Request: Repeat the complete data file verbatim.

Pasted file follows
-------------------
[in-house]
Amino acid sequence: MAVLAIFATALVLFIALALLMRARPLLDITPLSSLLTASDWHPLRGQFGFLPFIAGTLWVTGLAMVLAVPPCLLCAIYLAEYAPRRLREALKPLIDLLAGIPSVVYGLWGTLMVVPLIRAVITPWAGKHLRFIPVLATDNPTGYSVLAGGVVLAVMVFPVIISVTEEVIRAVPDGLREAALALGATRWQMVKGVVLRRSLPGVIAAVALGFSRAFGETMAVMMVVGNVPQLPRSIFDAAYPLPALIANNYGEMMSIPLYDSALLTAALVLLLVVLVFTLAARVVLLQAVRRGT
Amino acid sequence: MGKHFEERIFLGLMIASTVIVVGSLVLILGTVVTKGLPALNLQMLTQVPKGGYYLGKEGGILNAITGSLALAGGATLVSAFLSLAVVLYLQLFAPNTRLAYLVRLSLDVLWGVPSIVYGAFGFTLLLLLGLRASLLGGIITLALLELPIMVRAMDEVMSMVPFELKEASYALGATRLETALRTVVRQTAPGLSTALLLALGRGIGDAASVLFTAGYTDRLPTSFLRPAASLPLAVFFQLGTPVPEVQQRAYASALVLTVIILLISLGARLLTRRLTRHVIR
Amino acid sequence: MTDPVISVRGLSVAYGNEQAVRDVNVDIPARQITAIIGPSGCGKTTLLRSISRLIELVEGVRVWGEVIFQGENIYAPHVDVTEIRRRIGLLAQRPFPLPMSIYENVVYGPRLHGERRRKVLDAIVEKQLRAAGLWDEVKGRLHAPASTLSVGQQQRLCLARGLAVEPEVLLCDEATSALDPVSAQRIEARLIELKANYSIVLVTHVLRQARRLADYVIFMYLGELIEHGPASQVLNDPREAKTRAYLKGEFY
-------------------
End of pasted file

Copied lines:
[in-house]
Amino acid sequence: MAVLAIFATALVLFIALALLMRARPLLDITPLSSLLTASDWHPLRGQFGFLPFIAGTLWVTGLAMVLAVPPCLLCAIYLAEYAPRRLREALKPLIDLLAGIPSVVYGLWGTLMVVPLIRAVITPWAGKHLRFIPVLATDNPTGYSVLAGGVVLAVMVFPVIISVTEEVIRAVPDGLREAALALGATRWQMVKGVVLRRSLPGVIAAVALGFSRAFGETMAVMMVVGNVPQLPRSIFDAAYPLPALIANNYGEMMSIPLYDSALLTAALVLLLVVLVFTLAARVVLLQAVRRGT
Amino acid sequence: MGKHFEERIFLGLMIASTVIVVGSLVLILGTVVTKGLPALNLQMLTQVPKGGYYLGKEGGILNAITGSLALAGGATLVSAFLSLAVVLYLQLFAPNTRLAYLVRLSLDVLWGVPSIVYGAFGFTLLLLLGLRASLLGGIITLALLELPIMVRAMDEVMSMVPFELKEASYALGATRLETALRTVVRQTAPGLSTALLLALGRGIGDAASVLFTAGYTDRLPTSFLRPAASLPLAVFFQLGTPVPEVQQRAYASALVLTVIILLISLGARLLTRRLTRHVIR
Amino acid sequence: MTDPVISVRGLSVAYGNEQAVRDVNVDIPARQITAIIGPSGCGKTTLLRSISRLIELVEGVRVWGEVIFQGENIYAPHVDVTEIRRRIGLLAQRPFPLPMSIYENVVYGPRLHGERRRKVLDAIVEKQLRAAGLWDEVKGRLHAPASTLSVGQQQRLCLARGLAVEPEVLLCDEATSALDPVSAQRIEARLIELKANYSIVLVTHVLRQARRLADYVIFMYLGELIEHGPASQVLNDPREAKTRAYLKGEFY